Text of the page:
Addatives Encapsulated Citric Acid

  • Austin I read in your catalog not to regrind meat with encapsulated citric acid could you explain why you should not regrind? We coarse gring into our mixer then add seasonings regrind fine and stuff into cassings from the grinder.
    Also could you explain why do not hold overnight what happens if a emergency came up and you could not smoke right away and you had to hold over night in the fridge?
    Thanks your videos are great.

  • Admin

    Encapsulated citric acid is a citric acid coated with hydrogenated cotton seed oil which melts during thermal processing, releasing the citric acid at the correct time during smoking or cooking. If you re-grind with encapsulated citric acid in the meat product, you risk breaking the encapsulate and not having it release normally and at the correct time. If you had an emergency and had to hold overnight, you probably just make due with what you have. The meat product won’t go bad, but you risk the encapsulate not doing what is supposed to do in this case as well. You will still end up with a sausage that is completely edible in both scenarios, but it may not be in the ideal form and end result you were expecting.

    Hope that helps! Let me know if I can help clarify anything further!

  • @Austin thanks for the quick reply.
    Your explanation was very informative.
    If I put a kidney plate in my grinder and a stuffing tube would that damage the encapsulated citric acid?

  • Admin

    @Papa-Gale That would probably be fine. I’d typically use a Star Stuffing Adapter in that scenario with a grinder, but you could run the grinder without a knife in it and the kidney plate. The plate should hold the auger in place and with the larger holes on the kidney plate, it should minimize any over-working, smearing of meat, or breaking of capsules. Might consider it still slightly less ideal than using a star stuffing adapter or slightly less than using a sausage stuffer, but I’d be confident enough in that process that it would be successful and shouldn’t be a big deal.

    Let me know if I can help with anything else!

  • @Austin does the cotton seed coating melt at 152? I ran a batch with the recommended rate and it was extremely sour vs tangy as I expected. If I didn’t hit my target temp would that have been the issue. I’ve been hesitant ever since or use half the amt. thx Jeff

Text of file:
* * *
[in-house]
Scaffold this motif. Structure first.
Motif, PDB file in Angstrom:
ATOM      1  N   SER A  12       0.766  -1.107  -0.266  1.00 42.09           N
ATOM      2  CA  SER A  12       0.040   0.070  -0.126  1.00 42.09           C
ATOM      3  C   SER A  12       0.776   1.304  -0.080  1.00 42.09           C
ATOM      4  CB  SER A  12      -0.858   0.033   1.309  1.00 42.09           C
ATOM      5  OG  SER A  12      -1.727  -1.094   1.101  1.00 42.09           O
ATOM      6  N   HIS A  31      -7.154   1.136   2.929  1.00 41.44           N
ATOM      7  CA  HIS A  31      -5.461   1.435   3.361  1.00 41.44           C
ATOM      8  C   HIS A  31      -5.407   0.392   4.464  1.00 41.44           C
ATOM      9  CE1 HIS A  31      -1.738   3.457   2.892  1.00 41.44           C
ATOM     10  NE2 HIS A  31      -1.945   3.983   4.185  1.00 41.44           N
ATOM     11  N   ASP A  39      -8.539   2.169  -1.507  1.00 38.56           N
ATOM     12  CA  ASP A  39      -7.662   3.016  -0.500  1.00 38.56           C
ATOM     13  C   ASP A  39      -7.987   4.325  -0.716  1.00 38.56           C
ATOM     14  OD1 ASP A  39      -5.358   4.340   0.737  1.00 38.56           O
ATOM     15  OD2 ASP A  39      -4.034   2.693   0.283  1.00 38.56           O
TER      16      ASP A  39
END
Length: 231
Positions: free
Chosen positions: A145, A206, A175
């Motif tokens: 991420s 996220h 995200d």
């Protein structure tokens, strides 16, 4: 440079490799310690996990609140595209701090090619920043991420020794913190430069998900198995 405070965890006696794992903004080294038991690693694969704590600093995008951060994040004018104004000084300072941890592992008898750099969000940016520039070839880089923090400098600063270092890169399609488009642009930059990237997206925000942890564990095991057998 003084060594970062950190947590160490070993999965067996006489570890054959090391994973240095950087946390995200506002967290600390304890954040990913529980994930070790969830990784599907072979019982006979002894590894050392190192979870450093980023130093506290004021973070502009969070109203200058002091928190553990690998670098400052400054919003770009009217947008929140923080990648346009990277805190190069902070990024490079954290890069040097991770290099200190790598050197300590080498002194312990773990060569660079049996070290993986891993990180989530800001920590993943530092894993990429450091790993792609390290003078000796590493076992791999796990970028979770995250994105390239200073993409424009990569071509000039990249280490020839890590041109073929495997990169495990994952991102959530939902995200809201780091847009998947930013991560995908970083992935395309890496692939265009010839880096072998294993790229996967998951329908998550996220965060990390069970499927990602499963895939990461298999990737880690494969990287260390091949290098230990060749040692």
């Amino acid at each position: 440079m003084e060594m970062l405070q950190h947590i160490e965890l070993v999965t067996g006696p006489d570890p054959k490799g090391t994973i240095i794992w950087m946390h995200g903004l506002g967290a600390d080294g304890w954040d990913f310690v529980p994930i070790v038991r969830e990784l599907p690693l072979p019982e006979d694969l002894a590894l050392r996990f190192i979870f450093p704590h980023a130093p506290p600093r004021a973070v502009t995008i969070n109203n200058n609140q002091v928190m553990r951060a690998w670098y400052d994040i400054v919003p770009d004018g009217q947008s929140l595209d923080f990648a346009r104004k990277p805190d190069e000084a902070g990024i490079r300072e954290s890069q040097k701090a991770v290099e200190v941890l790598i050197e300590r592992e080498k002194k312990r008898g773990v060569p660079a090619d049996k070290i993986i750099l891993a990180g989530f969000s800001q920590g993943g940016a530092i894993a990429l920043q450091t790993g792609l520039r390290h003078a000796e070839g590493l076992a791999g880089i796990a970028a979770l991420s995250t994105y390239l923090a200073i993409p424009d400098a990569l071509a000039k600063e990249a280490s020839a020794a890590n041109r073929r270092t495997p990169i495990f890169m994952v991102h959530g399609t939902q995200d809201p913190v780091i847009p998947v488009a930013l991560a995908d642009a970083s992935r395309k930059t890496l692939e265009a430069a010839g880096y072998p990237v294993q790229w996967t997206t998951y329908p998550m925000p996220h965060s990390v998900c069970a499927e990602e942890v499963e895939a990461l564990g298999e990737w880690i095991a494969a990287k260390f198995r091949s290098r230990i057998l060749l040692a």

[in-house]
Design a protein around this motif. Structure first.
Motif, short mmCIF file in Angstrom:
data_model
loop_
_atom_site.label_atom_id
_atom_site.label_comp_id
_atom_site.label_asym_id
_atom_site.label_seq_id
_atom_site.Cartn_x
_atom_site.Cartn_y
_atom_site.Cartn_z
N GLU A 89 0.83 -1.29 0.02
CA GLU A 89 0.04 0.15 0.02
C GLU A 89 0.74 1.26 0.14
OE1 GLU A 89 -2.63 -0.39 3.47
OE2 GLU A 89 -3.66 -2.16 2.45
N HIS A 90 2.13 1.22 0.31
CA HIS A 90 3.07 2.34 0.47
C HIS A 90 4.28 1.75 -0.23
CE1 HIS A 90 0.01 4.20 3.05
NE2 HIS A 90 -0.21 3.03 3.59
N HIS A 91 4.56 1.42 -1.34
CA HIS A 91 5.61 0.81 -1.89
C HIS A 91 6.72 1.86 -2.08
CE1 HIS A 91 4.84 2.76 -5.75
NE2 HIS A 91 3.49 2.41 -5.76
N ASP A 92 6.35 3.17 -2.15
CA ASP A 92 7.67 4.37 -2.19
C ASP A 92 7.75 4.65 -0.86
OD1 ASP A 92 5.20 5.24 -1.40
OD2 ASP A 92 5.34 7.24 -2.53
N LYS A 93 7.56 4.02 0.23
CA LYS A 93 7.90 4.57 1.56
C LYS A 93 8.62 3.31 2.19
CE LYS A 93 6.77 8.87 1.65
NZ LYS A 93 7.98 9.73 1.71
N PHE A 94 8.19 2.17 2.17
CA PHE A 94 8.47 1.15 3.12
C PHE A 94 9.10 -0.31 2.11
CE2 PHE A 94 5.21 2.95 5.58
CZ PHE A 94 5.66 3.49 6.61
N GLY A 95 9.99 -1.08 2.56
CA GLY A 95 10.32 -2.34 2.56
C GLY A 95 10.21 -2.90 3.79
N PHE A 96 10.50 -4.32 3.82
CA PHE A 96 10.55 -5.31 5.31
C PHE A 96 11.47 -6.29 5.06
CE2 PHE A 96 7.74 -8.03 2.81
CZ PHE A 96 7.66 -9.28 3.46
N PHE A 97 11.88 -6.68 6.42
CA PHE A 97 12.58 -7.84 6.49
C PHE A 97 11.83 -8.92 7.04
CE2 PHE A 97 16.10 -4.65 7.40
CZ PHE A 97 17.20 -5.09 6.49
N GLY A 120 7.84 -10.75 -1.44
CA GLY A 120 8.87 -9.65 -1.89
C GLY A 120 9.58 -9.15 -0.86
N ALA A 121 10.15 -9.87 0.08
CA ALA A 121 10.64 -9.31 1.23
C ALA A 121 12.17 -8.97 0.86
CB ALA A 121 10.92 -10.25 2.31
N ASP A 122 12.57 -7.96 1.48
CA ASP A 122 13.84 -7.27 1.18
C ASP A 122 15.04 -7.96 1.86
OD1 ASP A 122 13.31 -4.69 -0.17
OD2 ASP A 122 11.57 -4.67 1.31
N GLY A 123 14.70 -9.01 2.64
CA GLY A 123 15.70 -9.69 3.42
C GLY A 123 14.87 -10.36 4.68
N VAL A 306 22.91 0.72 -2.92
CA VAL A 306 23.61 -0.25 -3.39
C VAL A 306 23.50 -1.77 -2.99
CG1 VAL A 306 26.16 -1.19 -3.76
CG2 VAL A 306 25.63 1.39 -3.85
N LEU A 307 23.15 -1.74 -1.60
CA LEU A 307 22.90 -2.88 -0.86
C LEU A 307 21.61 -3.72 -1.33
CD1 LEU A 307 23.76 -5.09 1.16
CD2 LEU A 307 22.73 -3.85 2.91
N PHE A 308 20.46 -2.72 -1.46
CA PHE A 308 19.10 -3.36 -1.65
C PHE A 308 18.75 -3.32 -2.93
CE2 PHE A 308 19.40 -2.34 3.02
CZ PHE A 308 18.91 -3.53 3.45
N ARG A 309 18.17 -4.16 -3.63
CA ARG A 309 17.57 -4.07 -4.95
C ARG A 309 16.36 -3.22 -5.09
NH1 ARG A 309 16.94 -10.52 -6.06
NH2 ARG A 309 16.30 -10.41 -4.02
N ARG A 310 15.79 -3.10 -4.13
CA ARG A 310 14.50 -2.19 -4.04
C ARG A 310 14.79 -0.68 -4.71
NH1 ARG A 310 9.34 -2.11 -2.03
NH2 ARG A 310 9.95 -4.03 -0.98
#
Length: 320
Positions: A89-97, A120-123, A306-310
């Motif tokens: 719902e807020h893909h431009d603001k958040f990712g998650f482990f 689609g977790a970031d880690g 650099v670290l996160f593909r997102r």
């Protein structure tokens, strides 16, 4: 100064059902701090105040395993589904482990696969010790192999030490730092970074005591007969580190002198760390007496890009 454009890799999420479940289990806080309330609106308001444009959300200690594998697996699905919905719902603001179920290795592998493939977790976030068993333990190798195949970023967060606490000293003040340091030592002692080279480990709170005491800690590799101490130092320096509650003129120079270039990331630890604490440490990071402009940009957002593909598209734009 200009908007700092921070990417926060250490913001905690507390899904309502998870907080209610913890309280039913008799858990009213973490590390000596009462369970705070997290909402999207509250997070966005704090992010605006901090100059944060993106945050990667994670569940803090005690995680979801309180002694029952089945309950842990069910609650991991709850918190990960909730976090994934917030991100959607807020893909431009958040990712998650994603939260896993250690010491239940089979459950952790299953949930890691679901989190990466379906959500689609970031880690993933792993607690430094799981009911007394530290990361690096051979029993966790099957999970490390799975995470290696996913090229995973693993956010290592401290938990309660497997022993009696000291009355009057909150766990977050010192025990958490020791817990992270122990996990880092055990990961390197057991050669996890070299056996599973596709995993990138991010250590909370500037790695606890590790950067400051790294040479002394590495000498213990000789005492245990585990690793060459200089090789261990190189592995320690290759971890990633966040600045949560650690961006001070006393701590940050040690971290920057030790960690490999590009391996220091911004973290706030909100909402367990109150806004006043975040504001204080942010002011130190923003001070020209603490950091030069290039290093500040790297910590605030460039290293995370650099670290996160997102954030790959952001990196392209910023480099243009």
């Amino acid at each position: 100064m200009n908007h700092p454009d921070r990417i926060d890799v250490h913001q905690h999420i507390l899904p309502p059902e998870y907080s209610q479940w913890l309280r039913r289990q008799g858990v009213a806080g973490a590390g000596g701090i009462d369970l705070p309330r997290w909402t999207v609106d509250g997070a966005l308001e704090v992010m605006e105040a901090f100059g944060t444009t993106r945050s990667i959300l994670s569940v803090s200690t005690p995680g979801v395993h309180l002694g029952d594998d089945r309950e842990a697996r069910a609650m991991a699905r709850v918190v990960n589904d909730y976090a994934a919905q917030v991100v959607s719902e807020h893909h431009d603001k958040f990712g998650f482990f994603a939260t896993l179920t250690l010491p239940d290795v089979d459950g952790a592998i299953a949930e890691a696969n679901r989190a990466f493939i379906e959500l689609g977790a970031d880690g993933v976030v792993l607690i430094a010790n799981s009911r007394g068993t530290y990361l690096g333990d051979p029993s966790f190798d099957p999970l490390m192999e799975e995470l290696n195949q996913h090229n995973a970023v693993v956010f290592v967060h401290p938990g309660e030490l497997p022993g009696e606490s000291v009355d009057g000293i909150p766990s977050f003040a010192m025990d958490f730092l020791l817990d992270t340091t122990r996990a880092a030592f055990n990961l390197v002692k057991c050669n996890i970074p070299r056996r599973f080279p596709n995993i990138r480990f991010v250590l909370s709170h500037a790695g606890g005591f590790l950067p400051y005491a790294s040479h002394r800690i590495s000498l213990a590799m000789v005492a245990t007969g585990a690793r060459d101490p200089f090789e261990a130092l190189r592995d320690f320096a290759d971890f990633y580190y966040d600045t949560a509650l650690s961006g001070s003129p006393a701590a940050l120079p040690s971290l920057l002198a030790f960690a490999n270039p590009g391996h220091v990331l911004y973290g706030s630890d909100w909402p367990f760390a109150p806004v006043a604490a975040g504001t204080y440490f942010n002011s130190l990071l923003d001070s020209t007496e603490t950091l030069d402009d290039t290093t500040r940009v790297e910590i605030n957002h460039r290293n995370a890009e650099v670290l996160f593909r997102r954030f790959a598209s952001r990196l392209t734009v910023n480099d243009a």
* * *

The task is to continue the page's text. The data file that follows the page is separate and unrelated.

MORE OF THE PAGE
• Admin

    @Jnar4 It melts at about 135 F. (Recommended to be above that temp for 1 hour). If you had a problem using it before, you can definitely use less. We recommend 4oz per 25lb of meat, but you’d be fine to use less if you think you want some tanginess but it’s too strong at the normal level. If you wanted, you can remove it from your process entirely. If you don’t use encapsulated citric acid, you just lose the tangy flavor and some of the the shelf stability benefits of having a lower pH, and you may want to then add a different cure accelerator (Smoked Meat Stabilizer) if you cook immediately after stuffing.

    Let me know if I can help with anything more.

  • I made 20 lbs of Summer Sausage with and 20 lbs without ECA. Both batches were my normal recipe. The batches with ECA were definitely tangy…maybe to much.

    I was looking for an alternative to Fermento as the recipe calls. What I have used in the past is Powdered Buttermilk. I have to hold it in the fridge for a couple of days to get the tang I want. ECA is great if don’t want to wait to smoke the meats. I usually need to mix and stuff one day…then smoke another, starting first thing in the morning. That way the batch is finished before I want to go to bed. Has anyone else used powdered buttermilk?

  • Admin

    If the ECA was too tangy, you can just use less, if you are happy with the results of your sausage else wise.
    The amount we typically recommend (4 oz per 25 lb meat) is at a level to try and lower the pH enough to get as close to reaching more of a shelf stable product as we can. But, it doesn’t have to be used at that high of a usage level.

    I can’t recommend to use buttermilk, because I’ve never used it. The concept kind of makes sense though. You are adding something with a lower pH than the meat, to get the meat pH just a bit lower and add some tangy flavor. The biggest problem I see though with using something like buttermilk and immediately lowering the pH is this… A lower pH will reduce water holding capacity, and can make a sausage dry and crumbly after cooking. This is one reason why encapsulated citric acid is coated, and that coating doesn’t melt until 135 F +. If you add buttermilk and lower that pH immediately, I am not sure that the results will be quite the same, and you could end up with a dryer or crumbly sausage. I’ve never used buttermilk though, so I can’t say for sure, but that’s my thoughts anyways.

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